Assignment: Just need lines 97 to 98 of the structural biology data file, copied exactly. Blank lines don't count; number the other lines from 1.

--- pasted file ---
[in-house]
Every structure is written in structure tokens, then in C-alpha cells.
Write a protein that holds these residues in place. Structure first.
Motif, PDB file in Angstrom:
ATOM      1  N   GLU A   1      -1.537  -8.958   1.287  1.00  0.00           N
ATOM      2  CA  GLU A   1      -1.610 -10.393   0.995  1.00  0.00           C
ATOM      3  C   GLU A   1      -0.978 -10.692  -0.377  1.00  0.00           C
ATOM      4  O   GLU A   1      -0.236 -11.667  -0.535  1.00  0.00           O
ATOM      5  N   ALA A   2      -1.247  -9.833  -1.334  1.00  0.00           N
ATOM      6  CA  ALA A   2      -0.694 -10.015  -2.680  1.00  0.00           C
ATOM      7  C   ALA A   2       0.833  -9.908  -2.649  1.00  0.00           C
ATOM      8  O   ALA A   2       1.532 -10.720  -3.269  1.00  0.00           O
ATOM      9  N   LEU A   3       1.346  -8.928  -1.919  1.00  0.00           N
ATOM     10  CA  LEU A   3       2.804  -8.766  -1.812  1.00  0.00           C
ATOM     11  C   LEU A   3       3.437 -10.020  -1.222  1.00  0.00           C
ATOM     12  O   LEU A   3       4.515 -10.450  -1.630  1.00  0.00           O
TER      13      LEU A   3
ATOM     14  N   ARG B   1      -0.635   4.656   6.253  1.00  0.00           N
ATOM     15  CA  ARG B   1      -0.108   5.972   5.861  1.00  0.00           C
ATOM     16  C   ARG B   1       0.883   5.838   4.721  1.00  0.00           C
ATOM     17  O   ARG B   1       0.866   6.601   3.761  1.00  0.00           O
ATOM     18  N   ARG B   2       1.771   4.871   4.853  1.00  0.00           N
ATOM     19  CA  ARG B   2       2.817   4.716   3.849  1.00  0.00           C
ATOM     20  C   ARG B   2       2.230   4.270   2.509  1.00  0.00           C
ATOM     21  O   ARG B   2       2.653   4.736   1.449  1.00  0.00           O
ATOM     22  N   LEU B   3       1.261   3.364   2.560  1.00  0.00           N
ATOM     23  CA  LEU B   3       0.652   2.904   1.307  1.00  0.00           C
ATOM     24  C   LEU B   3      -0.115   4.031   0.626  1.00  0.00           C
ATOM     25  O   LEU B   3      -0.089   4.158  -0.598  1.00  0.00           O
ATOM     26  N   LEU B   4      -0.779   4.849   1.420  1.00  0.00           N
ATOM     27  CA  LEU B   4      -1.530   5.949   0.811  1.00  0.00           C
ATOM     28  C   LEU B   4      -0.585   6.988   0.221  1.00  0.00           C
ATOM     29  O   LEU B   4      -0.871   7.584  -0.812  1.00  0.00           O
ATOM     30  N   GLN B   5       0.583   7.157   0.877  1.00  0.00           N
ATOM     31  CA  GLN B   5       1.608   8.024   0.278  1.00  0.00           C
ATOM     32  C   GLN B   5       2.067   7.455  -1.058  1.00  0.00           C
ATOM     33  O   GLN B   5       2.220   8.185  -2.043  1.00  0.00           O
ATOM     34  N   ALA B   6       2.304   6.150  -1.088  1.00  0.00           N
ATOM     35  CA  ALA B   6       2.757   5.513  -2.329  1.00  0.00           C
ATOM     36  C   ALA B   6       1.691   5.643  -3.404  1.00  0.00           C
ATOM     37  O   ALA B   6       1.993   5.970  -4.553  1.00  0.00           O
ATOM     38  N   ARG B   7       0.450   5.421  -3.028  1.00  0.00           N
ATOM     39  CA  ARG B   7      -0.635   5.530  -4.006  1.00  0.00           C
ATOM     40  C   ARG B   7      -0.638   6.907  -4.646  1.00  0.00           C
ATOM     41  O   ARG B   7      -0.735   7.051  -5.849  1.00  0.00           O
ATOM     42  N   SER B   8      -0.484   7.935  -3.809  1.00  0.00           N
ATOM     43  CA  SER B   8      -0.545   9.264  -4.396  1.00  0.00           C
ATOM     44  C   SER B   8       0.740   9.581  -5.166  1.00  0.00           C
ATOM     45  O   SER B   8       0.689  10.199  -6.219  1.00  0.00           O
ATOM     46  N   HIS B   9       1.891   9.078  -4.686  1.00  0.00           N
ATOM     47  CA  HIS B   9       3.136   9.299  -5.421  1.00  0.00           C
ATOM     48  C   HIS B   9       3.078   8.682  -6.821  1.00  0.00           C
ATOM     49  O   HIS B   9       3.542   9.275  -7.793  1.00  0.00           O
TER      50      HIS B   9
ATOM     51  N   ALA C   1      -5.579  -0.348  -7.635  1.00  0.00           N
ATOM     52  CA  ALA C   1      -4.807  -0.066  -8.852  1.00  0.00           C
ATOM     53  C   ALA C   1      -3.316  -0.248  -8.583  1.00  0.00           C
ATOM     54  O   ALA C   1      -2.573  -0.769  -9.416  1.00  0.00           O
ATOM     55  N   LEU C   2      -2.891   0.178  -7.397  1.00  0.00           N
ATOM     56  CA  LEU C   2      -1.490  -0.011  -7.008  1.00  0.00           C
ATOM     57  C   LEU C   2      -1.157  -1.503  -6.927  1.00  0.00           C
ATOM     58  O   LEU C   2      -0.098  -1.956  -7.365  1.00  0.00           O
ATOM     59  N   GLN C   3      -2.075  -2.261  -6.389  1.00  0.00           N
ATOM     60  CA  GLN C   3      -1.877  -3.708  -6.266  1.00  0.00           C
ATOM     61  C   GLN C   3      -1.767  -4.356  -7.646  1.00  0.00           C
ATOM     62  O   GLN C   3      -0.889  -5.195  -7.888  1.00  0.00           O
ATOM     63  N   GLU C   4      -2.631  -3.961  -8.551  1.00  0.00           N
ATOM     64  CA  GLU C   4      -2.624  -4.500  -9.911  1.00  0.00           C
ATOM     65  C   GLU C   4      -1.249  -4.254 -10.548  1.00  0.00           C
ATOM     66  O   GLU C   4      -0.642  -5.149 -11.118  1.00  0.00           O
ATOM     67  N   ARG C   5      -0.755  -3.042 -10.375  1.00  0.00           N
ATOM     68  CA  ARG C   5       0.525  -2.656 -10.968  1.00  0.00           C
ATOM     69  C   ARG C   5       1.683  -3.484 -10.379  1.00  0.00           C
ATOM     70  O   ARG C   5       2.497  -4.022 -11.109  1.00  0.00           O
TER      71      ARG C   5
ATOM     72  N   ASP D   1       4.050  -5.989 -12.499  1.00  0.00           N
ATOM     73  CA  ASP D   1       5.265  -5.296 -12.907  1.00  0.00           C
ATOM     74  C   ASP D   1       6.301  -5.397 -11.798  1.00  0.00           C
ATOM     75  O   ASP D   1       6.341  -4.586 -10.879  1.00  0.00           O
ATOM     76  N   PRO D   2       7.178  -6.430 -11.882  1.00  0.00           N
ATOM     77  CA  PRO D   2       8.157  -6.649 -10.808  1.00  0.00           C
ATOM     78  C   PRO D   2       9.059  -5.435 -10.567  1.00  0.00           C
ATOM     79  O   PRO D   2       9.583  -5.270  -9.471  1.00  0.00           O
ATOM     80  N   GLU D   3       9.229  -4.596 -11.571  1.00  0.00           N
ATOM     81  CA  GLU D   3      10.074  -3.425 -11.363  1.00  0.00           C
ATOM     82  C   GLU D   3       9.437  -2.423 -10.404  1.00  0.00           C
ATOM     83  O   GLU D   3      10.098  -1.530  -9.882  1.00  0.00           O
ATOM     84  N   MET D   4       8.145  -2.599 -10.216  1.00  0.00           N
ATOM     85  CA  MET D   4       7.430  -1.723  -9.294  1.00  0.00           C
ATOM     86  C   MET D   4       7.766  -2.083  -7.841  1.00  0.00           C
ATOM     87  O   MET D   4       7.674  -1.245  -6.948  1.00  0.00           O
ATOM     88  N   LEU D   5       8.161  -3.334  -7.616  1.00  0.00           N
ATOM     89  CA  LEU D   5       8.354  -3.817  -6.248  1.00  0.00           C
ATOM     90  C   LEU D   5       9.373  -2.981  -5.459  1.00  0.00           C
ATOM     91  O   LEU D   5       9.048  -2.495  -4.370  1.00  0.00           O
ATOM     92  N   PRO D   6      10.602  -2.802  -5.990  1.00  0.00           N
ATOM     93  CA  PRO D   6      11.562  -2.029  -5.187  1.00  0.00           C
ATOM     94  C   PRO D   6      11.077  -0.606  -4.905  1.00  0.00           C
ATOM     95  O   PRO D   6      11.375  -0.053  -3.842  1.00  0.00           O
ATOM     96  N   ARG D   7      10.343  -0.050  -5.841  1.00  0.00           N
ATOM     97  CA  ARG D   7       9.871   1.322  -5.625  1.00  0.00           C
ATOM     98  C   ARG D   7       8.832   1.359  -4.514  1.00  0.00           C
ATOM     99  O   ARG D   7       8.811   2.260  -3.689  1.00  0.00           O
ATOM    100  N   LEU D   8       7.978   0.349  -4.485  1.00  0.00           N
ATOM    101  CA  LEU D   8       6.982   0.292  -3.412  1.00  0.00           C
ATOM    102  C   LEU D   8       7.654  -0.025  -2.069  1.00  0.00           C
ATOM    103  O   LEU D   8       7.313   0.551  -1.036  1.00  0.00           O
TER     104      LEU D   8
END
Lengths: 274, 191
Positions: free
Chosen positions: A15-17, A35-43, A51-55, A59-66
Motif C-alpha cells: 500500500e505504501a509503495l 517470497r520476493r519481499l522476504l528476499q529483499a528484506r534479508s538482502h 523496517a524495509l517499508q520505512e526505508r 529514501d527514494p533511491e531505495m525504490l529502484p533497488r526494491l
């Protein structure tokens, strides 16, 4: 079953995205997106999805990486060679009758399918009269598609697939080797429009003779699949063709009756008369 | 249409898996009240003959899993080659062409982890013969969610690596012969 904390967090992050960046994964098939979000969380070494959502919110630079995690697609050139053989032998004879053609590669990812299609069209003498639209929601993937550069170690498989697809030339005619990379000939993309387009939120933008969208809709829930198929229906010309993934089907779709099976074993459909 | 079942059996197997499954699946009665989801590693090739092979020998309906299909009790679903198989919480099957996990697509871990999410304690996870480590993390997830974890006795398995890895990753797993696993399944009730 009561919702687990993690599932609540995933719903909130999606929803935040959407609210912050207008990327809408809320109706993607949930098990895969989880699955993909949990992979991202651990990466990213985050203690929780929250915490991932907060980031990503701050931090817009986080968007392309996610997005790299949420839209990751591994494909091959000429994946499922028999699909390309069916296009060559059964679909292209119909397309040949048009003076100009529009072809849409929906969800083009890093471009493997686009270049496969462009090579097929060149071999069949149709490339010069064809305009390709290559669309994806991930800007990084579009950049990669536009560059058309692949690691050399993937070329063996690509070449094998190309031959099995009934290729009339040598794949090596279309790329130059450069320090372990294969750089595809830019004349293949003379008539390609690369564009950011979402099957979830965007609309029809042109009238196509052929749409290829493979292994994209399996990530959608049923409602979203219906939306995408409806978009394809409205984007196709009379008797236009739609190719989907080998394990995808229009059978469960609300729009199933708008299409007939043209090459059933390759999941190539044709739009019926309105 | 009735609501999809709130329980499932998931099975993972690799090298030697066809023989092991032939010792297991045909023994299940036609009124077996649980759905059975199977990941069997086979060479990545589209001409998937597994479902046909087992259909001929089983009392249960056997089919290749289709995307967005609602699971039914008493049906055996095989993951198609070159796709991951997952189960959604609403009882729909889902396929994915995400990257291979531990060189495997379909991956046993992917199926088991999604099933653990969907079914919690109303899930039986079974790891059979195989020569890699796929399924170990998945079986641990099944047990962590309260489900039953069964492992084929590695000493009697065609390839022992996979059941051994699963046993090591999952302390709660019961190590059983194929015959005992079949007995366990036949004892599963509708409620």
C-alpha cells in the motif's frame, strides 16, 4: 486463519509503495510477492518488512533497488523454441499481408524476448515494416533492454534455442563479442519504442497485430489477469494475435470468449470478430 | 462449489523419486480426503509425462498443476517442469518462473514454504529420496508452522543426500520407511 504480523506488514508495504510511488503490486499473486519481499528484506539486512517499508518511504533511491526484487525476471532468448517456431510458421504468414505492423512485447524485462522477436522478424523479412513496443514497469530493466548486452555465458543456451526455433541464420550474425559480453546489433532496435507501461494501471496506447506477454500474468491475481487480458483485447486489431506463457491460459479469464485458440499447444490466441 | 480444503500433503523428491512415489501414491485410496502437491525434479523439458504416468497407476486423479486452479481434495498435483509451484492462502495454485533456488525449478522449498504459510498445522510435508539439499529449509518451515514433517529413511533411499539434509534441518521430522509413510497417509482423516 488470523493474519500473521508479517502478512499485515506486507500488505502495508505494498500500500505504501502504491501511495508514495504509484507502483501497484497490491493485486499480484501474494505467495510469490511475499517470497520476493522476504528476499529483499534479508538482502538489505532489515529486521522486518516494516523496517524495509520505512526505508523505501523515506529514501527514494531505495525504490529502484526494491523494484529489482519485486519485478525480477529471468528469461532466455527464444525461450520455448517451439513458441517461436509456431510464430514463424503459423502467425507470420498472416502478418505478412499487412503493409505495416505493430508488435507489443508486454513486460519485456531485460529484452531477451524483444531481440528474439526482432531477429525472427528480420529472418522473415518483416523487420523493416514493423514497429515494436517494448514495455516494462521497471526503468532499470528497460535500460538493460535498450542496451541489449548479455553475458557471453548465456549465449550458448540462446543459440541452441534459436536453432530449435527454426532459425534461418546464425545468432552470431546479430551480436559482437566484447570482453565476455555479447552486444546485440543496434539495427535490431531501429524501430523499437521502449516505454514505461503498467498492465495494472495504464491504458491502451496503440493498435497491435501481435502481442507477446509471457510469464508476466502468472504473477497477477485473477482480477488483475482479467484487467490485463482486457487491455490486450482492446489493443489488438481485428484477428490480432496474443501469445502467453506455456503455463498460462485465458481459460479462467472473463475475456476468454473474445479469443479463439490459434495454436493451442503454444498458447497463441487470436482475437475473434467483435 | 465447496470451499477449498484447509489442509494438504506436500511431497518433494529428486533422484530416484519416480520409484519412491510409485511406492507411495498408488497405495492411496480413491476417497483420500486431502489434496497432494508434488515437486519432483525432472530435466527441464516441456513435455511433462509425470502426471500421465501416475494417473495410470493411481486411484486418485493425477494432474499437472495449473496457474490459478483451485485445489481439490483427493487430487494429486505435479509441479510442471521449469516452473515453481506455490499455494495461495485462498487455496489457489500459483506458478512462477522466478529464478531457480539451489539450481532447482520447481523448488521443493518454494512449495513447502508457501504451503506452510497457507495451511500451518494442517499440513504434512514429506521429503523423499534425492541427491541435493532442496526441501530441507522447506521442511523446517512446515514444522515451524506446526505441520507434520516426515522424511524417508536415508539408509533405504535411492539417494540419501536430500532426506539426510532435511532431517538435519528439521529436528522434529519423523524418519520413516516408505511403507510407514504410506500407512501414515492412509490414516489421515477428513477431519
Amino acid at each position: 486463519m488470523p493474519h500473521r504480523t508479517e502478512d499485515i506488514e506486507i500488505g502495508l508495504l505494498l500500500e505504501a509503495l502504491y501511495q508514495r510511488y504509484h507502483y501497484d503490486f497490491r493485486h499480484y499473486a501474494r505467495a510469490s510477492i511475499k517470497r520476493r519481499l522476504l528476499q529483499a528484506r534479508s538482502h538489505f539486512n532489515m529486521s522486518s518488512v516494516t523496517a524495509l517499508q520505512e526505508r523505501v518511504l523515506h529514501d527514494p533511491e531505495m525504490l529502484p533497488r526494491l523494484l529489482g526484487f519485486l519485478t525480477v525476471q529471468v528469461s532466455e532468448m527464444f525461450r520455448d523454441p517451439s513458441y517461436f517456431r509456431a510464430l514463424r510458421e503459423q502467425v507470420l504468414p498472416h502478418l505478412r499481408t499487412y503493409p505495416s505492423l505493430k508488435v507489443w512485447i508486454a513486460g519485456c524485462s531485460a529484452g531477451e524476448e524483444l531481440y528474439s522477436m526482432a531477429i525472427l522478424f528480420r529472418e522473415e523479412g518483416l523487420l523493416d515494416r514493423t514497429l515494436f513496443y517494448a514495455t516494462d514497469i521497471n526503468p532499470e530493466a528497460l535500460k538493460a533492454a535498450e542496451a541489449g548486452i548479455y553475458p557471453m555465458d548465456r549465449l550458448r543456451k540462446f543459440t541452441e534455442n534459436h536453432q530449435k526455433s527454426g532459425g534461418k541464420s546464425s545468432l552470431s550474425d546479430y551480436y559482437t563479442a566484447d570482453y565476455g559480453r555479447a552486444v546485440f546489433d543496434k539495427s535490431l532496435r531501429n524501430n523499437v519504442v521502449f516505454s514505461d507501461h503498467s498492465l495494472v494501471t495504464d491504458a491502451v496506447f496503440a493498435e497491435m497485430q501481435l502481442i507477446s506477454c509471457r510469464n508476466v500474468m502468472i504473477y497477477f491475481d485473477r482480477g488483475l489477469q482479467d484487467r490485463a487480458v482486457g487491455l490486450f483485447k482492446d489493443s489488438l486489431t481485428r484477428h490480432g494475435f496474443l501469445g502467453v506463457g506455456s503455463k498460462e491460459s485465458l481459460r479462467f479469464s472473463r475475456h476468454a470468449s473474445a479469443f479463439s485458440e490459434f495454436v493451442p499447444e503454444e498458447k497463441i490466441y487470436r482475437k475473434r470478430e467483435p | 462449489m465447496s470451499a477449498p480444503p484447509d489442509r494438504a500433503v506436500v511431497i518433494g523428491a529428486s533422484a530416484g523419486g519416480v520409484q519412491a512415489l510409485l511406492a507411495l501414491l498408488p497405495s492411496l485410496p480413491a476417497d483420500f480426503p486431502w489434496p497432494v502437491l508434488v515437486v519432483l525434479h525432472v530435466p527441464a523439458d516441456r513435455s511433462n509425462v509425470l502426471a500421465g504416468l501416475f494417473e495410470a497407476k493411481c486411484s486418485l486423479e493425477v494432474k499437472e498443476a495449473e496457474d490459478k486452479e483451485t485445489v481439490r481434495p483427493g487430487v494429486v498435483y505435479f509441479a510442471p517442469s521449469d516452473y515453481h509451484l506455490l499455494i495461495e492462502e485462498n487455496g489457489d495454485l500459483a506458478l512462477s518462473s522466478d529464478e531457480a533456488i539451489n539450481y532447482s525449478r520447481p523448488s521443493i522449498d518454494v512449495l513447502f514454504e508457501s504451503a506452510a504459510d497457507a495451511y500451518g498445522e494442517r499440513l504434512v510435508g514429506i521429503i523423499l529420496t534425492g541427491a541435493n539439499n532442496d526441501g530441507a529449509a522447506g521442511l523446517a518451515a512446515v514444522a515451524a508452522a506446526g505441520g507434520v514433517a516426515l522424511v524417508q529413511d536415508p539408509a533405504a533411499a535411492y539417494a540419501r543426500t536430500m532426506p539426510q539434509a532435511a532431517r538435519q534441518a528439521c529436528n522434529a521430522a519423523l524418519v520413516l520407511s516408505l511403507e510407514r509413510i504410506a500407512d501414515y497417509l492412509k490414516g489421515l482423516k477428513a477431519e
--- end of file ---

ATOM     93  CA  PRO D   6      11.562  -2.029  -5.187  1.00  0.00           C
ATOM     94  C   PRO D   6      11.077  -0.606  -4.905  1.00  0.00           C